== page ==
Archive for June, 2013

I enjoyed an excellent four days at Uttoxeter, aided by the staff at the variety of places I went to research, who took time and trouble to help me find material on the subjects I was interested in.  Maybe it’s because the subject is a little offbeat, but all the people I’ve met in town halls, libraries, records offices and museums are supportive and keen to know what I find out.

I am also very grateful to David and Christina, who organised a slap-up Sunday lunch for me and invited other people who were knowledgeable about Uttoxeter – all of whom made it very entertaining.  Too entertaining, actually, for me to interrogate each of them with all my questions, so they are being saved up for later phone calls or correspondence with each individual.

I was pleased to help Kathy, one of the lunch guests, by taking a consignment of meat and honey produced in her own beehives to give to her daughter on my way home.  The handover of two bulging bags in the racecourse car park must have looked quite peculiar to any casual observers.

During my stay I found the footpath parallel to the north side of the racecourse that I had missed in November, when I decided to walk in another direction and wound up getting stuck in the mud.  Some of this walk was through waist-high wild flowers, and I suspect it would be similarly boggy in the winter, but conditions were much drier.  I turned back after about a mile, concerned at the darkening clouds, humidity and the weather forecast that had threatened storms.  Getting struck by lightning would have spoiled things.  As it turned out there was no storm, but my trousers gathered a lot of strange yellow dust, presumably from the monster buttercups that I’d waded through when following a path that turned out not to be the official footpath.  Fortunately they were light-coloured trousers and the worst of the dust could be rubbed off with a bit of effort.

On the way to Uttoxeter I’d gone to Bath races for the first time this year, where my bafflement at the presence of a large crowd in front of the Members’ Stand was explained by finding the other stand closed because of structural problems.  Happily the rain held off, and by wearing my winter coat and scarf I had adequate protection against the strong wind that so often blows on the Lansdown plateau.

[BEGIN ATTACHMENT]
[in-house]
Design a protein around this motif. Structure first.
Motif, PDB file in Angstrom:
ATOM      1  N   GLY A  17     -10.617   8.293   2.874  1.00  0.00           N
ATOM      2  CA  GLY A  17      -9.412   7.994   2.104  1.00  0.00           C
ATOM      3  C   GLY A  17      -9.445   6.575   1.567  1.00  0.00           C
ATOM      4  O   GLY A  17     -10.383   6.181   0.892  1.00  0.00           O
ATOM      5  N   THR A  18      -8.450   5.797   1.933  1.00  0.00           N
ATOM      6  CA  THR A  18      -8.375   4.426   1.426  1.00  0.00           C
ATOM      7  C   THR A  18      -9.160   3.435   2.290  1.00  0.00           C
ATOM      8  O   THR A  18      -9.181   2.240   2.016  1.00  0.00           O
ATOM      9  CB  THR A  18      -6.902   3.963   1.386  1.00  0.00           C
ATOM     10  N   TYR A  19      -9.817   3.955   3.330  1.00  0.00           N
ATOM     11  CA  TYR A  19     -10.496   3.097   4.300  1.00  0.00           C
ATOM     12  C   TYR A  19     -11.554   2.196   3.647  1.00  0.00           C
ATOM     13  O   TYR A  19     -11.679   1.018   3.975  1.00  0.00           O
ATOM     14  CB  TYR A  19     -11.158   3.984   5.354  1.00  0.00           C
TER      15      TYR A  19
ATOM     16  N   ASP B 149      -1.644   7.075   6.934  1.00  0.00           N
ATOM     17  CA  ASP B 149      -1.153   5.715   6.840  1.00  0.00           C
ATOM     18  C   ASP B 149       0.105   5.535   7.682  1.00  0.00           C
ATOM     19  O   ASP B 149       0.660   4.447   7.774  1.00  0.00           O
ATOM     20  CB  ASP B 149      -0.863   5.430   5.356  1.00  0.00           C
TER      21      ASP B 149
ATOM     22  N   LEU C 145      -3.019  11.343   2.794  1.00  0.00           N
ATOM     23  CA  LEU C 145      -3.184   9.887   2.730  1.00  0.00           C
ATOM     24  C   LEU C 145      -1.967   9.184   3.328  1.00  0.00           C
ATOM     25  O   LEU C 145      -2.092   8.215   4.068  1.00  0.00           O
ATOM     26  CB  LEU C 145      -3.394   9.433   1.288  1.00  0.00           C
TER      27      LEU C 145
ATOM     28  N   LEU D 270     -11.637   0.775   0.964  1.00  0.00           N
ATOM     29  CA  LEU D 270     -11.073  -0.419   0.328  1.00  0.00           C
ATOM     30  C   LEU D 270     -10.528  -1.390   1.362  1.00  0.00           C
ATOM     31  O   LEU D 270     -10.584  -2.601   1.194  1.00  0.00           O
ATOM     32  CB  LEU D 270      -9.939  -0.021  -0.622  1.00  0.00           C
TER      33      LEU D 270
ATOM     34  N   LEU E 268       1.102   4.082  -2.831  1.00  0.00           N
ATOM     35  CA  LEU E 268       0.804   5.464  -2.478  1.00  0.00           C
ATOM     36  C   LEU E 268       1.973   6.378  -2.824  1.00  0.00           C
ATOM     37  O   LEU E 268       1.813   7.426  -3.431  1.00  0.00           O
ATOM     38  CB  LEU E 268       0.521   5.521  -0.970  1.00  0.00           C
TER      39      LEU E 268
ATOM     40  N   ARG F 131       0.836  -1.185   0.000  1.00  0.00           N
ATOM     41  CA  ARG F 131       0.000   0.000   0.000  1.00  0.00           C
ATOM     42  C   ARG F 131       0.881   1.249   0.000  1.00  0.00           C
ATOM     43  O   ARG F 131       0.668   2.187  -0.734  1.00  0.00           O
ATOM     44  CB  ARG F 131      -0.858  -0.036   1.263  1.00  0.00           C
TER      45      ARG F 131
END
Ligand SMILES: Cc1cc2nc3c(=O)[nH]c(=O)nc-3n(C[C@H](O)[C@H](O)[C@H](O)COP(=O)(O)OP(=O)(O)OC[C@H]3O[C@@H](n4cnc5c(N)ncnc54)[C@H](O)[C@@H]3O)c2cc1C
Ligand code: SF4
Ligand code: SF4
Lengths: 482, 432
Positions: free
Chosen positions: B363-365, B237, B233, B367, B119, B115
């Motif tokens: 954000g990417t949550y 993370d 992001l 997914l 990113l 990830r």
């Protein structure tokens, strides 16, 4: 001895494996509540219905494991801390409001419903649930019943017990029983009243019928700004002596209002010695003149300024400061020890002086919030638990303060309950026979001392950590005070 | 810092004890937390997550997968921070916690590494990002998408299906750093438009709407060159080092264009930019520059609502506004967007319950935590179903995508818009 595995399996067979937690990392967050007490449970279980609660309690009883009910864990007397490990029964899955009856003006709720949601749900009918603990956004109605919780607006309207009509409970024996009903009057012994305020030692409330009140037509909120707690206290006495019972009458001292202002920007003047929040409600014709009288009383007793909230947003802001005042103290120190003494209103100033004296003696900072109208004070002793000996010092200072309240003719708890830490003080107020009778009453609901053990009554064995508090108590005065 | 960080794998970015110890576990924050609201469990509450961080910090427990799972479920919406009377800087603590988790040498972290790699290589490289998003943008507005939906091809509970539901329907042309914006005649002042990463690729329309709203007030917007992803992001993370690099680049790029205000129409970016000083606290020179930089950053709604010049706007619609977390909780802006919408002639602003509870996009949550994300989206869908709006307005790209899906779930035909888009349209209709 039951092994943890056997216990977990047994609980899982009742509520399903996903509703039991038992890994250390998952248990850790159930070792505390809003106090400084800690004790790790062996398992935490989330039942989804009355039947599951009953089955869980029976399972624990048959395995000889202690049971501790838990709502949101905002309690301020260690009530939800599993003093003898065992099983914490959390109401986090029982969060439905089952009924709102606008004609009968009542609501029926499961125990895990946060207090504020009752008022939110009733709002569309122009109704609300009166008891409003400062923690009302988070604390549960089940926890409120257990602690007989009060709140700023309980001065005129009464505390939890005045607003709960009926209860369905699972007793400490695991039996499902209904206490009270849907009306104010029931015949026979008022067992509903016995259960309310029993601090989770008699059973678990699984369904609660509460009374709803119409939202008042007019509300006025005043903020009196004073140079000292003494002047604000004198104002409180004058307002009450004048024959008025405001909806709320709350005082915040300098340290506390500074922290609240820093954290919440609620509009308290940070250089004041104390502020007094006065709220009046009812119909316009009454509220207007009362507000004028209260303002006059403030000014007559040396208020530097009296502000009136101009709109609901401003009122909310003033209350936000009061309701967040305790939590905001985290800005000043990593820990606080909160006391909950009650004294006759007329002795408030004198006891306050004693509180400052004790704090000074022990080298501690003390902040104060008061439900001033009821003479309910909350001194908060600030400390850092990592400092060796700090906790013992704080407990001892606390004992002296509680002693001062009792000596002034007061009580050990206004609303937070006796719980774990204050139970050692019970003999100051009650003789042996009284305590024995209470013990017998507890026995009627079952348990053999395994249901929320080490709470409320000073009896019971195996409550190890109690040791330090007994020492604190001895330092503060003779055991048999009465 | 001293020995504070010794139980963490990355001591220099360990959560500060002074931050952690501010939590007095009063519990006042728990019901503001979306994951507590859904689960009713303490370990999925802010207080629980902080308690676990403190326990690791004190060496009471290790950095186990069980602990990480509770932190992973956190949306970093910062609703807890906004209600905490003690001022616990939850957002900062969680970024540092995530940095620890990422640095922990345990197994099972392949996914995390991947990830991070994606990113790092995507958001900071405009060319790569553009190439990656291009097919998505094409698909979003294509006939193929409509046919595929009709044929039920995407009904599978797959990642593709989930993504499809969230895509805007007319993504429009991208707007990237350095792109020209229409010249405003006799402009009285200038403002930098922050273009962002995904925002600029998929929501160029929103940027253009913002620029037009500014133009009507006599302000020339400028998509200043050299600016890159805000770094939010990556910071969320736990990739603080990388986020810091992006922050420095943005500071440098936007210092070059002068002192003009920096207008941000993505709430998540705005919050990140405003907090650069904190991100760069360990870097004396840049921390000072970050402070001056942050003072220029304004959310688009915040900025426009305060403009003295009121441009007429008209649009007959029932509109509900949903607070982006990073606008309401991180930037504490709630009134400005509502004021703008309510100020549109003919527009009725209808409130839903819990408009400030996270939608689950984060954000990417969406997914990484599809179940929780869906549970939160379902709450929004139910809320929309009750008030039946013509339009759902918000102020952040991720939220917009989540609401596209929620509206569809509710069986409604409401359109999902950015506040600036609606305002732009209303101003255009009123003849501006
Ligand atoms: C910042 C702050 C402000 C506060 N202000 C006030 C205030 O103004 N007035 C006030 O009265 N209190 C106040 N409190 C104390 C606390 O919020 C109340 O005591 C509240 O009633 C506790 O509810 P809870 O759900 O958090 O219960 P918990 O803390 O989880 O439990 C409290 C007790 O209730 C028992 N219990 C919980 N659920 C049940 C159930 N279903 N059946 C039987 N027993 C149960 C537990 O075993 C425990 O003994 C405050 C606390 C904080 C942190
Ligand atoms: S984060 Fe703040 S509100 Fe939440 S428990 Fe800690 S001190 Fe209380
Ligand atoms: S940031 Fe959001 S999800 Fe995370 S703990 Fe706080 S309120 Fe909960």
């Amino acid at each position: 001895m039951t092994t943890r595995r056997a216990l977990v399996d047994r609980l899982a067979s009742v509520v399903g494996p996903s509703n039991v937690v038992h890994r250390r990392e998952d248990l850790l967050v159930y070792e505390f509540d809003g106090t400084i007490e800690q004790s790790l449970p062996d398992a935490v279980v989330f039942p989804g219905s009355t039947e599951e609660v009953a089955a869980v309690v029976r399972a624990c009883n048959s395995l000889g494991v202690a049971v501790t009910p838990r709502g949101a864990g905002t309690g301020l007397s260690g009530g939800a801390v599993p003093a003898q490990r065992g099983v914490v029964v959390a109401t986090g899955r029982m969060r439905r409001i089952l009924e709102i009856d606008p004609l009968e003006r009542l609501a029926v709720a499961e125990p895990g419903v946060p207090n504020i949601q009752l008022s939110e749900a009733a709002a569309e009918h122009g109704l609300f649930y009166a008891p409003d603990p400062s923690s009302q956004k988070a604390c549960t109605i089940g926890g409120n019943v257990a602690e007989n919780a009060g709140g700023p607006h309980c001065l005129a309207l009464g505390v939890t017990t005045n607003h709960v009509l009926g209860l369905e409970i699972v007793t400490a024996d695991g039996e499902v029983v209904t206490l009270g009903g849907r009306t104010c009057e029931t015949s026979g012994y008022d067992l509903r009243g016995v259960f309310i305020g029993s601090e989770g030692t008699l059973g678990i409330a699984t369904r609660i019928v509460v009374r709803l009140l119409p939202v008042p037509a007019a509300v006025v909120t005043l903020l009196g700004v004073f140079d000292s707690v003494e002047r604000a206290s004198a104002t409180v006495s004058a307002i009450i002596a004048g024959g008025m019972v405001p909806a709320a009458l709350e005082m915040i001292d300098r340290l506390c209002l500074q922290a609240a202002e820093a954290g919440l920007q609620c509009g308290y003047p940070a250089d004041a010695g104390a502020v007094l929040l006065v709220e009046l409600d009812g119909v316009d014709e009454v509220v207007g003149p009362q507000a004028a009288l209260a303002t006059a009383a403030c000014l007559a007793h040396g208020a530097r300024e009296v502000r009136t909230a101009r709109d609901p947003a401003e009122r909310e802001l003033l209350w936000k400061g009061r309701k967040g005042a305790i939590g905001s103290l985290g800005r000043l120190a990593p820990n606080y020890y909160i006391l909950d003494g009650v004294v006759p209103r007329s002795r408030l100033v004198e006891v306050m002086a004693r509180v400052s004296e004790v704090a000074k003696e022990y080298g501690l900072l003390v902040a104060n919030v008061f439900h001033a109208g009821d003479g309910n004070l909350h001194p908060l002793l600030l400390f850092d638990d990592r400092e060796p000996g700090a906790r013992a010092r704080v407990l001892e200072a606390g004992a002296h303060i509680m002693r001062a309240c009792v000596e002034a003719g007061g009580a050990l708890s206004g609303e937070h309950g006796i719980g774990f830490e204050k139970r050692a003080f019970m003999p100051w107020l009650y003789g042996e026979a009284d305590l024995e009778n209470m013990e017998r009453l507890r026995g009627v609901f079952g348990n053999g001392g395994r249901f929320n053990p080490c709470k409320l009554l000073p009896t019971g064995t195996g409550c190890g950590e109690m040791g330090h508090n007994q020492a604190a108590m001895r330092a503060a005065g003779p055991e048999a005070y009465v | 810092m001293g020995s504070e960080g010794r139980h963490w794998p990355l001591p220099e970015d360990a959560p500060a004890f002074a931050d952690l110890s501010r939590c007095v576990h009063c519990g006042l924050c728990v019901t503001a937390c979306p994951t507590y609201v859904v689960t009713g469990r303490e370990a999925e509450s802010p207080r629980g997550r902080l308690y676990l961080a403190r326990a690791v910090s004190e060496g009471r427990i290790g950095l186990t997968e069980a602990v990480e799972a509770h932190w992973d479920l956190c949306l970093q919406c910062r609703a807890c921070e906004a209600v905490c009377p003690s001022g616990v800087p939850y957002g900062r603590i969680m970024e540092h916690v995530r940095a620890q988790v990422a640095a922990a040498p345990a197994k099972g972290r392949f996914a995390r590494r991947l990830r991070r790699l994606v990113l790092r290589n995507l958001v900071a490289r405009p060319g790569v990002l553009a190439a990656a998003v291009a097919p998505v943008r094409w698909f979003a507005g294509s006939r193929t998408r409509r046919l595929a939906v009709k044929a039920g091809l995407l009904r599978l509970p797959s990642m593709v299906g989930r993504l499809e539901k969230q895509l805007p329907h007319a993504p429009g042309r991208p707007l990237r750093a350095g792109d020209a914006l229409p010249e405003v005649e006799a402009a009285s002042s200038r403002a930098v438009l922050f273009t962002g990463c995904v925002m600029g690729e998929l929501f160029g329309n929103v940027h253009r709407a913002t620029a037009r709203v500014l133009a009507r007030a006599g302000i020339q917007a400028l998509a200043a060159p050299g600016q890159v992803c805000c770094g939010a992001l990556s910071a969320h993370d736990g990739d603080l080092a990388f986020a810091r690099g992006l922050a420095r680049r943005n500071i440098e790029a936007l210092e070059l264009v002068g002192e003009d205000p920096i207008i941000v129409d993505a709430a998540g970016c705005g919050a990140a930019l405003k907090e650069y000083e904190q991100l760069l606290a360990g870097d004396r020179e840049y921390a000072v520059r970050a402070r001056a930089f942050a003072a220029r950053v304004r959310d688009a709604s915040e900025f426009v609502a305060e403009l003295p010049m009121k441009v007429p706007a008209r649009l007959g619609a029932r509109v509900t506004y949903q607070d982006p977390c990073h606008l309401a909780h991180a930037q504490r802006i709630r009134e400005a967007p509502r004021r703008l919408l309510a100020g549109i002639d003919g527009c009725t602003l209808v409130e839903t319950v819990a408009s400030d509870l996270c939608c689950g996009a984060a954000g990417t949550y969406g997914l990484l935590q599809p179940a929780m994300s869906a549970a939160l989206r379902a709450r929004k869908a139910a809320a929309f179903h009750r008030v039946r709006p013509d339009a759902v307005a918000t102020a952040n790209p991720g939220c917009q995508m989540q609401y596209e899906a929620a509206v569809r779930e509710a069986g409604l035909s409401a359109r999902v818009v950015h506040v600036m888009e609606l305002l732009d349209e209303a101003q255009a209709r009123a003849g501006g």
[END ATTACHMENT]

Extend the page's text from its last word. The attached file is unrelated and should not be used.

I was very sorry to hear a few days earlier about the sudden death of Ron Hogston, the former head groundsman.  When I first went to Bath he was one of the people that had been lined up for me to meet.  A torrent of anecdotes poured forth, many of which I used in the book.  He gave me a flying start with my research.  He’d retired from his main job, but on race days he drove the doctor around the inside of the course during the races so that there would be minimum delay if a jockey took a fall.  Visiting Bath on later occasions I would normally find him outside the main gate, where he waited between races, and have a chat. Now I wish I’d gone to an earlier meeting this year.


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I went to Brighton races on Thursday, a fine sunny day albeit with a fair breeze. Everyone would like their days at the races to be blessed with fine weather, but it really should be compulsory for racing at Brighton of all places. It made for a very enjoyable afternoon. I must try and get back there as soon as I can when the forecast is good.

Lots of work and domestic business has been interfering with Uttoxeter research, but today I meant to prepare for my next trip there, with four different research-related appointments lined up, spread over four days.  What with having booked two different hotels for the duration of my visit, I need to be on the ball as regards knowing where I should be going next.  I’ve found that when I go there I get so immersed in the subject that I forget all those normal everyday issues, so it has great therapeutic value. 

On one hand I hope the weather will be miserable, so that I don’t regret being indoors for my studies, but on the other I’d like some time to do some walking, preferably avoiding muddy fields.   

All my handwritten notes have been typed up but seventy-odd pages remain to be printed out. I am wrestling with the conundrum of whether to combine some Word documents.  Three based on sources A, B and C are set out in chronological order but should I combine them by copying and pasting?  Probably, but then I’ll have to annotate each entry to show it’s A or B or C.

The preparations I alluded to above were supposed to be marshalling questions for each of my four appointments, but somehow two hours have passed with me doing other things, such as writing this!  Time to stop this and start preparing.

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